Monthly archives "April 2018"

TAO May 2018 – Feed My Lambs

Back to the Basics, Part IV

Feed My Lambs

I had the opportunity to return to one of my favorite churches the other day. It had been years since my last visit. I love the organ there. To get to the organ console, you must pass behind the pulpit. I had forgotten about the inscription carved into the pulpit’s reading surface. There it was: “Feed My Lambs.” Clearly, it’s a word of encouragement for the preacher. But, I don’t think this message is limited to just one person in the room. No, St. John’s gospel admonition, “Feed My Lambs,” is also meant for music ministers. Let’s delve into some guidelines for building a healthy diet for the folks in our care.
We began the new year with a look at ways that we can ground our work by renewing our vision of what it means to be a sacred musician. We returned to the basics – remembering our role in using the musical arts to open and intensify the mystery of God’s presence among us. We looked at how participating in the mystery is an essential part of our own spiritual practice. For the sake of the people in our music programs and in our congregations, we talked about striving for excellence in the less glamorous aspects of service playing. We have examined the “why’s” of hymn-playing, accompaniment, and sight reading in the light of our new vision. We have discovered that the heart of our profession lies in serving others. We are called to ground our work in the sacrificial nature of music ministry. Shakespeare said, “If music be the food of love, play on!” If what we play and how we play it is how we feed our lambs, let’s plan our banquet with love.
Our people are hungry, so we must consider who our audience is and what their needs are. What is your congregation’s cultural background? What influences have they assimilated from their denominational traditions? Are they sophisticated listeners with a broad background in a wide variety of musical traditions, or are they somewhat less informed? Do your musical tastes align with theirs? What musical practices have you inherited with your job? At one job early in my career, I discovered that the previous organist had played only Baroque music and ended every hymn with a loud, dissonant re-harmonization that caused everyone to cringe. My course corrections made me a very popular organist! Being a friendly, caring presence is a significant part of our calling as organists.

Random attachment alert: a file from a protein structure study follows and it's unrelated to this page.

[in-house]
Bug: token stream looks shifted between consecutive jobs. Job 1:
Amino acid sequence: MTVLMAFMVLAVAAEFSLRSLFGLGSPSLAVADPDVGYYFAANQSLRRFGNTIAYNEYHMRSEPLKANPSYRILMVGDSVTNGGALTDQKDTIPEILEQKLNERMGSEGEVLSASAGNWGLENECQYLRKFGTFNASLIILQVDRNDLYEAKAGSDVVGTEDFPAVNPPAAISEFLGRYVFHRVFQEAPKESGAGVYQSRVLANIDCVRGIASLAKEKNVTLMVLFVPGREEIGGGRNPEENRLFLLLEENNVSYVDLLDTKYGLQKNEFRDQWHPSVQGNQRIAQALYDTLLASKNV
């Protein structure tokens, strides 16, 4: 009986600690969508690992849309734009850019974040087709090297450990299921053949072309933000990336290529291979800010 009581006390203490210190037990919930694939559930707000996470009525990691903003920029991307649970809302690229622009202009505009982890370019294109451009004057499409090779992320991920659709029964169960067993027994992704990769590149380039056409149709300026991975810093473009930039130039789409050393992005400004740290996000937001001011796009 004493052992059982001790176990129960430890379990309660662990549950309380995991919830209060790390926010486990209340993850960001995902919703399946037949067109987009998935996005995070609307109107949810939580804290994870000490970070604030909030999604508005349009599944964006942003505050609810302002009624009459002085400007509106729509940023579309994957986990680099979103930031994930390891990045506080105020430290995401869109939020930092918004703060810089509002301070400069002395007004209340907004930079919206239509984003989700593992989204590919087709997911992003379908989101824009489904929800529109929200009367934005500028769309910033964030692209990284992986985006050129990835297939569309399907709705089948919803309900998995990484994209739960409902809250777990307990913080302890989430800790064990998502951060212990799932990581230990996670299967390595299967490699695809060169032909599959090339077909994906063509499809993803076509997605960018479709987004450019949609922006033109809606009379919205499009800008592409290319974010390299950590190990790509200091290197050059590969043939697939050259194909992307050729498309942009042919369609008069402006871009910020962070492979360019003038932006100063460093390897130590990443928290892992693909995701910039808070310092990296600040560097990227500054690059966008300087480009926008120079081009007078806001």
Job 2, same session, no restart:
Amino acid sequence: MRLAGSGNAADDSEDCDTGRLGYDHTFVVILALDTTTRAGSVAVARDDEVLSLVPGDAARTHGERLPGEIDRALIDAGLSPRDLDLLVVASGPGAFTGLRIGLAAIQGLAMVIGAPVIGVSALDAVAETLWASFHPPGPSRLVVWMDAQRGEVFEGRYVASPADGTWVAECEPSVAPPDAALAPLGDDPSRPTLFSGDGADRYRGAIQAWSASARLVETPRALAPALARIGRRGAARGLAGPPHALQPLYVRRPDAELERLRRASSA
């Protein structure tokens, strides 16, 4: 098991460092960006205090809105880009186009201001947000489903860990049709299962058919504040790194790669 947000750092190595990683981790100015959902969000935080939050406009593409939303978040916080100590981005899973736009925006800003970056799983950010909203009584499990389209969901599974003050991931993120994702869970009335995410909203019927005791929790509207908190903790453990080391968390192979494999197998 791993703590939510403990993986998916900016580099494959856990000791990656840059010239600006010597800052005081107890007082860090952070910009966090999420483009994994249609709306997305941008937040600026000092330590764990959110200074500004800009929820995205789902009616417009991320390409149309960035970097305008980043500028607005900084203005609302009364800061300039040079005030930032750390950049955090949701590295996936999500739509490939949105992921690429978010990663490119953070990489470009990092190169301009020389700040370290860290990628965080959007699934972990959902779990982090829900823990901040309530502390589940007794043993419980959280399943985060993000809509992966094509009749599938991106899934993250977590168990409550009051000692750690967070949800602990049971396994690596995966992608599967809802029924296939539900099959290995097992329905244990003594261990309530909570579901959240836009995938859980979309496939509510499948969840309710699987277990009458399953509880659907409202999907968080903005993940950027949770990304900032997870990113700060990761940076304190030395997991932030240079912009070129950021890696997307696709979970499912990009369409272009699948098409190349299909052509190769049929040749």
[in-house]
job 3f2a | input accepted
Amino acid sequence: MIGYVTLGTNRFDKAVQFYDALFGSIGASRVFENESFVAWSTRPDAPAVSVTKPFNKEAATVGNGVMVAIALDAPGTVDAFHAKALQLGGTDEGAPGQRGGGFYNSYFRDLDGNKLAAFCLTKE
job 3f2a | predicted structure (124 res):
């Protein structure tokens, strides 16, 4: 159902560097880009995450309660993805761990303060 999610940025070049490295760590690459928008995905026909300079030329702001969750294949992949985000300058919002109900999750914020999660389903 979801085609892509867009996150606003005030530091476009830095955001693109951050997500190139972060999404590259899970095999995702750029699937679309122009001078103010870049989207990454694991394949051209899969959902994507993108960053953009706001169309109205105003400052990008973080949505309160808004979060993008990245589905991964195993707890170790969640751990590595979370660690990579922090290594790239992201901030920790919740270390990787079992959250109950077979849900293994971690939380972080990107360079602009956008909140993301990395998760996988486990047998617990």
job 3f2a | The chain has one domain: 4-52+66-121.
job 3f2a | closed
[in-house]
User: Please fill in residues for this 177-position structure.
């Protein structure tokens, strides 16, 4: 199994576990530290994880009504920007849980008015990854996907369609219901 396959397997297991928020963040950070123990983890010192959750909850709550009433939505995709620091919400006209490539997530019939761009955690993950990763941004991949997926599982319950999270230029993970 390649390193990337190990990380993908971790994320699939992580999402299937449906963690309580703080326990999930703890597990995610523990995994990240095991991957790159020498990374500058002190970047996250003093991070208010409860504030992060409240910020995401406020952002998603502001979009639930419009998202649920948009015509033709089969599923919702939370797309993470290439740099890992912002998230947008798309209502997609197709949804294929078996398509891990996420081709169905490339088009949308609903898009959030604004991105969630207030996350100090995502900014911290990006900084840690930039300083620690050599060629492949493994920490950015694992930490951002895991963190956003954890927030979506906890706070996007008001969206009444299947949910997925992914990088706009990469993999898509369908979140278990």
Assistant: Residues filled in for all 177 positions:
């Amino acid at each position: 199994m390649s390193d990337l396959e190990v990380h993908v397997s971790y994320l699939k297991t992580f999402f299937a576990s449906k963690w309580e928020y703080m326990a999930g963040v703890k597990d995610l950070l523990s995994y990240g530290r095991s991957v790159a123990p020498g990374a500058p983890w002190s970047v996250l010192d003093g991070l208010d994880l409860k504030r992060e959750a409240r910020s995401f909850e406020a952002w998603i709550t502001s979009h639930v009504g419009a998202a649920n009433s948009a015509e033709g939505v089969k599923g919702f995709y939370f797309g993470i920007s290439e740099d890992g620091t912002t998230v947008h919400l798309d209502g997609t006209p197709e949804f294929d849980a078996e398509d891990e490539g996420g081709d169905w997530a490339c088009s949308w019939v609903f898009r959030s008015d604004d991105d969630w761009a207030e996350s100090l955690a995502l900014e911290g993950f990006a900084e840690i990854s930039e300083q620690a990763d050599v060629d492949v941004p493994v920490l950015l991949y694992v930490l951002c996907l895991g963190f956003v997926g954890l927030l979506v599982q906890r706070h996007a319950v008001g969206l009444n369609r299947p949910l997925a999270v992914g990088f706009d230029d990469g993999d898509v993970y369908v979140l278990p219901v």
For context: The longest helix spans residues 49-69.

Going back to the basics means refreshing our understanding of sound itself. One of the things I love about the organ is its long heritage. Every age has adapted organ sounds to its own “cultural ear.” Regardless of the instrument you play, we need to listen to it with fresh ears, for sound is the medium through which we convey our musical messages. Attractive, colorful registrations invite the congregation to open their ears to what we are called to say.
Here are three guidelines to consider as we look at recalibrating organ registration for today’s audiences. First, continue to study the historical traditions. We can’t ignore the past – it’s the foundation of our craft. We must know what composers imagined their music would sound like. If you can’t go on your own tour of historic instruments in Europe, listening to recordings can help you to develop accurate sound concepts. A Mini-Course in Basic Organ Registration, by Margot Ann Woolard, is available through the Guild’s New York office. The accompanying CD contains recorded examples illustrating her overview of registration basics. The national website has several short video lessons under “Organ Tutor, Lessons for the New Organist.” As the number of lessons grows, this resource will become even more useful to you and your students.
Written material on organ registration is quite plentiful. You might enjoy the short pamphlet by Sandra Soderlund, A Guide to the Pipe Organ for Composers and Others (Leupold 800003, also available from national headquarters). Every organ method has a section devoted to historic organ designs. You can look there, or at several resources devoted exclusively to the subject. My first exposure to the great big world of historical organ registration came from Jack C. Goode’s Pipe Organ Registration (Abingdon Press, 1964). Though it has been out of print for quite a while, there are many inexpensive used copies available. John Shannon’s Understanding the Pipe Organ (Jefferson, NC: McFarland & Company, 2009) is very useful, too. I keep returning to Cambridge Companion to the Organ (Cambridge, UK: Cambridge University Press, 1999). Nicholas Thistlewaite has devoted a significant portion of his general interest book to this very subject, taking care to identify registration characteristics for the literature of all the major historic schools. Registration of Baroque Organ Music, Barbara Owens’ 1999 classic (Bloomington, IN: Indiana University Press, 1999) is perhaps more specific than most of us need, but it is a treasure to behold.
Unfortunately, it is no longer enough to know everything about historical organ sound. We also need to use our own ears. Given the instrument under your fingers, what is the most beautiful sound you can produce? Not every rank of pipes is created equal – nor should they all be used. I have an obnoxious Trompette Harmonique that stays silent – so does my seven-rank mixture on the Great. Though WE may love the organ for its power, most people don’t. Gone are the days of teeth-rattling and earth-shaking! Without a good reason to do otherwise, let’s keep the organ’s registrations on a human scale – unless you are in the company of like-minded organ lovers at concerts, or alone.
The sounds we choose must attract the ear of our listeners. How will we know their reactions to our sounds if we never ask? You might start with bending the ear of a friend first. Engage them in conversation about the organ. Play one rank, get a reaction, then play another. Try some simple combinations and get more feedback. Find out what they don’t like. Such simple research is an easy way to complete the connection from organist to listener and back again. To know how others respond to the organ is to express caring and concern for all. To make changes based upon their feedback is to feed our lambs the food they enjoy. That is a recipe for success!